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Aerial photo of Wheelabrator waste-to-energy incinerator on Russell St.
Aerial photo of Wheelabrator waste-to-energy incinerator on Russell St. (Lloyd Fox / Baltimore Sun / Baltimore Sun)

The owner of a waste-to-energy plant in southwest Baltimore is suing the Baltimore County government, saying it reneged on a contractual agreement to send an annual minimum amount of trash to the facility.

In a lawsuit filed Thursday in the Baltimore County Circuit Court, Wheelabrator representatives wrote that a reduction in the amount of trash sent to the incinerator is a breach of a contract, “causing Wheelabrator damages currently estimated to exceed over $32 million.”

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According to the lawsuit, Baltimore County signed a contract in 2011 agreeing to send 215,000 tons of waste per year to Wheelabrator in exchange for price reductions.

A state renewable energy program is sending millions of dollars of ratepayer subsidies to Baltimore's biggest polluter, the Wheelabrator incinerator. Community activists in South Baltimore are trying to increase recycling to essentially put the incinerator out of business.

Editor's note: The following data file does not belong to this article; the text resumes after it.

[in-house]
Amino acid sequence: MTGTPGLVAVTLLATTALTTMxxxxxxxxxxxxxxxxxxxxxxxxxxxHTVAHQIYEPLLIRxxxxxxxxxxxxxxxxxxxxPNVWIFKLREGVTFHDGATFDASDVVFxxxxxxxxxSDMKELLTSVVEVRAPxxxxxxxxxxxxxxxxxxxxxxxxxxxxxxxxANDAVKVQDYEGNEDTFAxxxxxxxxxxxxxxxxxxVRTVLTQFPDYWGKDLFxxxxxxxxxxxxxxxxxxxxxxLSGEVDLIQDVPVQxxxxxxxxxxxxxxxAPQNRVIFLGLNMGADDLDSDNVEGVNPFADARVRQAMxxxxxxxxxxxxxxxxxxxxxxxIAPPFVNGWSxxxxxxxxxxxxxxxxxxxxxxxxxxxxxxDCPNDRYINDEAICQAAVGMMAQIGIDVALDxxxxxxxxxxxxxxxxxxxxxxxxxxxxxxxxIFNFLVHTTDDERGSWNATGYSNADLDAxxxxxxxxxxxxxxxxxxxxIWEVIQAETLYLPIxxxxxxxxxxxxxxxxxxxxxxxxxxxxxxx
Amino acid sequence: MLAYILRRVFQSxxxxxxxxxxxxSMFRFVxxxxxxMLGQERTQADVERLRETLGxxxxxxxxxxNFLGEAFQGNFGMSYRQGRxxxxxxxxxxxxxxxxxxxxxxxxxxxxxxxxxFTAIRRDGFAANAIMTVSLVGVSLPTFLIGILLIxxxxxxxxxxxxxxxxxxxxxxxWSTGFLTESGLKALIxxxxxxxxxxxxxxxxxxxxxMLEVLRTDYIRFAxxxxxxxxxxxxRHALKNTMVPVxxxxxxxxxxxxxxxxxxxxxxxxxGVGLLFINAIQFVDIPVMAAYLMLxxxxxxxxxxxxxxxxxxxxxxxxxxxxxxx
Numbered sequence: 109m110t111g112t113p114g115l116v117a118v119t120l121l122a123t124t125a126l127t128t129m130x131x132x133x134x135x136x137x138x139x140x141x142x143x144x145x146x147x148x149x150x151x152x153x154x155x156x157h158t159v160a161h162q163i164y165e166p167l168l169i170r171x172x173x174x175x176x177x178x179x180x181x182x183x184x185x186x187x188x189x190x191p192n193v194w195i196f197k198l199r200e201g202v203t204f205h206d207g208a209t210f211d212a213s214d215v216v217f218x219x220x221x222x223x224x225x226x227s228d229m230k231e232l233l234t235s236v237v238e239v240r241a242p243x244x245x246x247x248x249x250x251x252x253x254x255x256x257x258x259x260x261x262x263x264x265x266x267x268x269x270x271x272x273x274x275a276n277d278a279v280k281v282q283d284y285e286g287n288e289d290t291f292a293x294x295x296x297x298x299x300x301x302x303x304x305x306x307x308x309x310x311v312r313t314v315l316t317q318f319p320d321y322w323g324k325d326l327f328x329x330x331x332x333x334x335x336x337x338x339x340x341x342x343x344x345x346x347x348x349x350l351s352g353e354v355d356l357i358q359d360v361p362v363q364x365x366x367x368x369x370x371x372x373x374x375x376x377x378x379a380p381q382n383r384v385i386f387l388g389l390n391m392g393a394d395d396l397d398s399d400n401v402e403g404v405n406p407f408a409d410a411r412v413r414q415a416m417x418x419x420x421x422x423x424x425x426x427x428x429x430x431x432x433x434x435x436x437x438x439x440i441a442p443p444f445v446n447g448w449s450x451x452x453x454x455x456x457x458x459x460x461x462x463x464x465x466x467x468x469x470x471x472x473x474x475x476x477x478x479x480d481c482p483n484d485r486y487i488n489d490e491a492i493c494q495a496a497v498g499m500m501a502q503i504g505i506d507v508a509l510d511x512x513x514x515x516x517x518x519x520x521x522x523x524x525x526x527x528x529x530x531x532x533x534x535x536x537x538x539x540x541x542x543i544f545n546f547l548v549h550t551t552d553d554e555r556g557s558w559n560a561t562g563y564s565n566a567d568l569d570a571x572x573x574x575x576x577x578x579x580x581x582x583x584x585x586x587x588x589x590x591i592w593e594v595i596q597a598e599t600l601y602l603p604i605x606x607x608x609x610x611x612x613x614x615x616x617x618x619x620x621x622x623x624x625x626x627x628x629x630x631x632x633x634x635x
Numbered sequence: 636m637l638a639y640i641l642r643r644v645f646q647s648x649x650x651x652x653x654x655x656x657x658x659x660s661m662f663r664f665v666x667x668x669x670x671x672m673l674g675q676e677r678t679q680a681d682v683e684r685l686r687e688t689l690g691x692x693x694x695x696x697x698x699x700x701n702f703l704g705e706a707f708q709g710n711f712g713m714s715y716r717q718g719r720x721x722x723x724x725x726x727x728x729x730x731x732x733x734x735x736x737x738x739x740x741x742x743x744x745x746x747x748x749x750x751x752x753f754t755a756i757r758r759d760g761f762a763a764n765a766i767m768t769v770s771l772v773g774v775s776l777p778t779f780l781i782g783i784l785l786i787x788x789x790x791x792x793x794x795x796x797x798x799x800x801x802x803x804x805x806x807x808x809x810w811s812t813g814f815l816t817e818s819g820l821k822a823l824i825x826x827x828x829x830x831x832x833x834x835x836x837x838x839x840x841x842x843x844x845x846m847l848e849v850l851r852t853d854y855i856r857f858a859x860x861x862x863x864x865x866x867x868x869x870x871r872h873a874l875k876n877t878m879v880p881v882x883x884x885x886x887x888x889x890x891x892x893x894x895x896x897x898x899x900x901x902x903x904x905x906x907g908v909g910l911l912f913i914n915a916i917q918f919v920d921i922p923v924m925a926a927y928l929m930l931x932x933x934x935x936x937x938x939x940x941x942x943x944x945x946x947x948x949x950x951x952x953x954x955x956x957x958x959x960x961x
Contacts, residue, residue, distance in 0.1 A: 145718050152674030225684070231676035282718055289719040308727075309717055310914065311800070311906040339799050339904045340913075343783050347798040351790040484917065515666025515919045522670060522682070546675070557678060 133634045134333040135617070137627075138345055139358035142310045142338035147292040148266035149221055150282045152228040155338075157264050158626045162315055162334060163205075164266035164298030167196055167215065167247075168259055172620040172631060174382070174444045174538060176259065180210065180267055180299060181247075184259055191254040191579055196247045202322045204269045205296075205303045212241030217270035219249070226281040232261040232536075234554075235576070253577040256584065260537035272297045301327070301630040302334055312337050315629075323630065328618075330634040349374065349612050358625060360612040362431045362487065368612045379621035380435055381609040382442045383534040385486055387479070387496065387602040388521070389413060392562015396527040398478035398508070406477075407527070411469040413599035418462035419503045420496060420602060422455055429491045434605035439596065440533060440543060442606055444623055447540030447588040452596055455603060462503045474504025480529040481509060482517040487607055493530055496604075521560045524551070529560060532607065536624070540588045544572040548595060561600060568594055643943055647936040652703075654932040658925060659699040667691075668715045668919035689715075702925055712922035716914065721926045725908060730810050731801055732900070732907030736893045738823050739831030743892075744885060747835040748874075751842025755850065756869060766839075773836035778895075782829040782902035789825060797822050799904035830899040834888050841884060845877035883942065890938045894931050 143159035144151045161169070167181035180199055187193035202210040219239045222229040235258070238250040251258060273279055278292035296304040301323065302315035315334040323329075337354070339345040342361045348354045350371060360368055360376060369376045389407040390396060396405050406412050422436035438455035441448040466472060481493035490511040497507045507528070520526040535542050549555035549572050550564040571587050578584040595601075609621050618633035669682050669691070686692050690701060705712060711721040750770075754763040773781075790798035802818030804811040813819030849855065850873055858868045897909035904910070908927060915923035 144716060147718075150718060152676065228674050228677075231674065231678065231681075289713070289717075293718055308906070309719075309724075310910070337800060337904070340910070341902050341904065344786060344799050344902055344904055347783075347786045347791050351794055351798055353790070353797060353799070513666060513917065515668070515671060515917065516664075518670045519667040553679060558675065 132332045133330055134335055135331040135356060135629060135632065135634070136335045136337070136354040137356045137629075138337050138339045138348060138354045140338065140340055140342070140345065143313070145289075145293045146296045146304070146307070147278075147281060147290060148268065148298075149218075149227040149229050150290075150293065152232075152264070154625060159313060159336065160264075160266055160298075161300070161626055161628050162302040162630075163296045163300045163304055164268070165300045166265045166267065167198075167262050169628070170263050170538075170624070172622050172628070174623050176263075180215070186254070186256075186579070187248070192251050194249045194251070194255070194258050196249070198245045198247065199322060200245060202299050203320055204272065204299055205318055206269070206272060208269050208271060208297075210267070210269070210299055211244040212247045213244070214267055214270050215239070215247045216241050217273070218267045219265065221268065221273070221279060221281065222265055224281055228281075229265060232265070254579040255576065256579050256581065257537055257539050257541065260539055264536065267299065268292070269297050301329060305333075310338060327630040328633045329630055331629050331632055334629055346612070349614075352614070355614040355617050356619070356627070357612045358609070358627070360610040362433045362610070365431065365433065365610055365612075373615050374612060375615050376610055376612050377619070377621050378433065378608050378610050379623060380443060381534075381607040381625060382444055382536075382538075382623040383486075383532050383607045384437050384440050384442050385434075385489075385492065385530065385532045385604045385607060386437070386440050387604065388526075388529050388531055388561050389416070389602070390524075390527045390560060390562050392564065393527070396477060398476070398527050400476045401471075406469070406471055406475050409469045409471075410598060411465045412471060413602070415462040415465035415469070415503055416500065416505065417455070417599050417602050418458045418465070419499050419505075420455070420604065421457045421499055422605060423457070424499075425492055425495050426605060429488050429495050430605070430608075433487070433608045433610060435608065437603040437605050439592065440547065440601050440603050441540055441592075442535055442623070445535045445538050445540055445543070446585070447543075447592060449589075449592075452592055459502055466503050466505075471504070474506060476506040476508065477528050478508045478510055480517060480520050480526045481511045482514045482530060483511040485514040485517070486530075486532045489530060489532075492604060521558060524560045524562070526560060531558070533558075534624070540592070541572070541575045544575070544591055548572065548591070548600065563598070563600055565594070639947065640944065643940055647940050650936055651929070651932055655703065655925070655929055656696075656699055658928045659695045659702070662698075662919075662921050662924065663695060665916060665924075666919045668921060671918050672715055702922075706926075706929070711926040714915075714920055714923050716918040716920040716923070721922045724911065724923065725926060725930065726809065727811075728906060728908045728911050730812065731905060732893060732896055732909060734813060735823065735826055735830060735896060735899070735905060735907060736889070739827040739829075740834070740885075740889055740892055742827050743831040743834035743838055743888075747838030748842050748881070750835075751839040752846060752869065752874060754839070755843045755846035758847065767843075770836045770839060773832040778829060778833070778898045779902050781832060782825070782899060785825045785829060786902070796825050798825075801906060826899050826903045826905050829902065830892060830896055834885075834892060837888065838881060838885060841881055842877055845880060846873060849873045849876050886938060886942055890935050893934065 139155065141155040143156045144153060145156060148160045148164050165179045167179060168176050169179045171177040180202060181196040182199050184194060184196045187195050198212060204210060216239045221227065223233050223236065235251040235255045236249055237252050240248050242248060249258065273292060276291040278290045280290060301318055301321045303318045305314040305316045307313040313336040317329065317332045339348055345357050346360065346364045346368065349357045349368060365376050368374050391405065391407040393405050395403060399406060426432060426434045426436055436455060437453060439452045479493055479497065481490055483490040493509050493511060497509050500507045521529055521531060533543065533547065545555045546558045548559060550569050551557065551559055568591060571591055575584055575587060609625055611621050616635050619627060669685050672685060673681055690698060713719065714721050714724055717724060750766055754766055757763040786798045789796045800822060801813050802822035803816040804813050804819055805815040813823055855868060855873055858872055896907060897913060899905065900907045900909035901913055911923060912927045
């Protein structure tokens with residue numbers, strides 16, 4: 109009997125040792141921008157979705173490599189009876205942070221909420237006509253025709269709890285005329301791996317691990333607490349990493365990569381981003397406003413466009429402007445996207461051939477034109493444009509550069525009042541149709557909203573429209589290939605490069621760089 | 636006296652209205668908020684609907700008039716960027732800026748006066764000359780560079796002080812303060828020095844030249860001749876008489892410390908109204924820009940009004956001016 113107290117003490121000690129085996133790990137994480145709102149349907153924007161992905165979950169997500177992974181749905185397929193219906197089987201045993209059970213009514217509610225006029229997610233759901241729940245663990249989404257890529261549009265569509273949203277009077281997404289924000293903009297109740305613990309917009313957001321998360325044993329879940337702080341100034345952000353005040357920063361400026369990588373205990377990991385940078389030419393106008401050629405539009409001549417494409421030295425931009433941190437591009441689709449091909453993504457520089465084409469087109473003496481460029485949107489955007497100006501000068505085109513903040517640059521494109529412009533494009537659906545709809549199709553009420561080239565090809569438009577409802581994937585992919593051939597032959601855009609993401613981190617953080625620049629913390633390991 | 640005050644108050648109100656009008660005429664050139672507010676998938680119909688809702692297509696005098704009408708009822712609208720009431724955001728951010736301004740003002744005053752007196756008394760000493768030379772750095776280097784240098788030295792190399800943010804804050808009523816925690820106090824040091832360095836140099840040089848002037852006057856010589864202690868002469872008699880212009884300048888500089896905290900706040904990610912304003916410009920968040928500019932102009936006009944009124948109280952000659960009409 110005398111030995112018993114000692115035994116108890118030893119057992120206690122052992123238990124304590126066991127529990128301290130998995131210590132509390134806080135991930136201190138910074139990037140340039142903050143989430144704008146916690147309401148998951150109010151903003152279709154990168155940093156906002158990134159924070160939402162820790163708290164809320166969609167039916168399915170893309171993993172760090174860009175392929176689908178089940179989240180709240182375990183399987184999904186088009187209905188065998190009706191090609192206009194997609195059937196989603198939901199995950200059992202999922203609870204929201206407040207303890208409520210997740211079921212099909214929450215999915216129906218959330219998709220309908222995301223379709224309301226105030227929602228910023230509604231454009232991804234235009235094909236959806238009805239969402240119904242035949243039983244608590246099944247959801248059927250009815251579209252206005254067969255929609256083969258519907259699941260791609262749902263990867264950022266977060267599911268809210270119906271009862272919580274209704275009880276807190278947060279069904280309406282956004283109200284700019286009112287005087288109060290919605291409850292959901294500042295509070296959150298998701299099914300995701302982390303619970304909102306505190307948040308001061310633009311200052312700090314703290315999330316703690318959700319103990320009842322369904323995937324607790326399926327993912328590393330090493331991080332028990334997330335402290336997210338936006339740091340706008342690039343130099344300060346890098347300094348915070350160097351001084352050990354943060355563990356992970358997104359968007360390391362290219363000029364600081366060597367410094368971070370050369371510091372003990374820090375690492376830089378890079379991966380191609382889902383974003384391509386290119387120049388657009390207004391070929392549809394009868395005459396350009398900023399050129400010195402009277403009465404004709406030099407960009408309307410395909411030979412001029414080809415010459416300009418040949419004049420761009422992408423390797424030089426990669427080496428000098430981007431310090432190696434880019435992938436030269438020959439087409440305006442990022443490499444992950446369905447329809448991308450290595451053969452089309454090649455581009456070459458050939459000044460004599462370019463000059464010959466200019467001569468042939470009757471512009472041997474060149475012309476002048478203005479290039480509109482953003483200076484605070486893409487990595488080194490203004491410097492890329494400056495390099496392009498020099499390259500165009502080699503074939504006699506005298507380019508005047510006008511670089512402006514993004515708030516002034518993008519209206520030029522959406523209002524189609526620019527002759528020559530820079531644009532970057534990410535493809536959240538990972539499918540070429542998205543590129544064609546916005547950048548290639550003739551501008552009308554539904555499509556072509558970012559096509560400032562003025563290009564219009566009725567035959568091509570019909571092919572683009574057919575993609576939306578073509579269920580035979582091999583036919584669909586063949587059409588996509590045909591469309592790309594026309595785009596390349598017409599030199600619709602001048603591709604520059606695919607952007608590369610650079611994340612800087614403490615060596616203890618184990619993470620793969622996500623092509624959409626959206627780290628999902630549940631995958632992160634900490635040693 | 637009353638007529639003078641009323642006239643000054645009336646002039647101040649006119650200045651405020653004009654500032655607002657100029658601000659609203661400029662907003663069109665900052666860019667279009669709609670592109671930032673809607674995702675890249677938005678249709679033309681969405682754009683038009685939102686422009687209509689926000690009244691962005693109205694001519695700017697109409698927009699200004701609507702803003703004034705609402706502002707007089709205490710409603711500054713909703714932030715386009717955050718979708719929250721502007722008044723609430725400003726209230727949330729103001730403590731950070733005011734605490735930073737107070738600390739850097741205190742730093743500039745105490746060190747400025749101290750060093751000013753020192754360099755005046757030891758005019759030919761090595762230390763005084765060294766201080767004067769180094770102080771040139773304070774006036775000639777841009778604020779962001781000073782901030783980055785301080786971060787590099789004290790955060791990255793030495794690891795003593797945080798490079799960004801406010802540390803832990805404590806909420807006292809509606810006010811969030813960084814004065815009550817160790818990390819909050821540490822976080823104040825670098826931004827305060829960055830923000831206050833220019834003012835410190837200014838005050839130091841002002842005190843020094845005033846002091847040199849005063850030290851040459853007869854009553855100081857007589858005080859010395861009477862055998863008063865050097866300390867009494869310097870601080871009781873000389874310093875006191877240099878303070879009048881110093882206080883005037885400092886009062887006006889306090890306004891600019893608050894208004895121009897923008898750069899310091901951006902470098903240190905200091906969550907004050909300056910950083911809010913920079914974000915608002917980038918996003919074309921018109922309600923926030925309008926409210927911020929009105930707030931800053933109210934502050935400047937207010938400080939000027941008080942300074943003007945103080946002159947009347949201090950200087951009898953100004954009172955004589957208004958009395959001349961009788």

In 2018, the county delivered 65,813 fewer tons of waste than required under the contract, and did not deliver enough in the first months of 2019 to be on track to meet the target, the lawsuit alleges.

Wheelabrator is asking for damages “to exceed $32 million.”

Baltimore County spokesman T.J. Smith said the county does not comment on pending litigation.

The garbage incinerator has faced scrutiny in recent years. A Baltimore Sun investigation found it has collected millions in green energy subsidies, despite the fact that it is a major source of air pollution.

Baltimore’s city council passed air quality legislation in February that Wheelabrator officials have said could force the facility to shut down.

After the Baltimore City Council passed clean air legislation Monday that could lead a large trash incinerator to shut down, officials in the city and surrounding counties began considering their alternatives for if and when that consequence comes to pass.

Baltimore County trash accounts for about 40 percent of the waste stream burned at the incinerator, located next to Interstate 95 off Russell Street. The county said previously it sent 280,000 tons of trash to the plant in 207 and would divert that to Eastern Sanitary Landfill in White Marsh if the incinerator closed.

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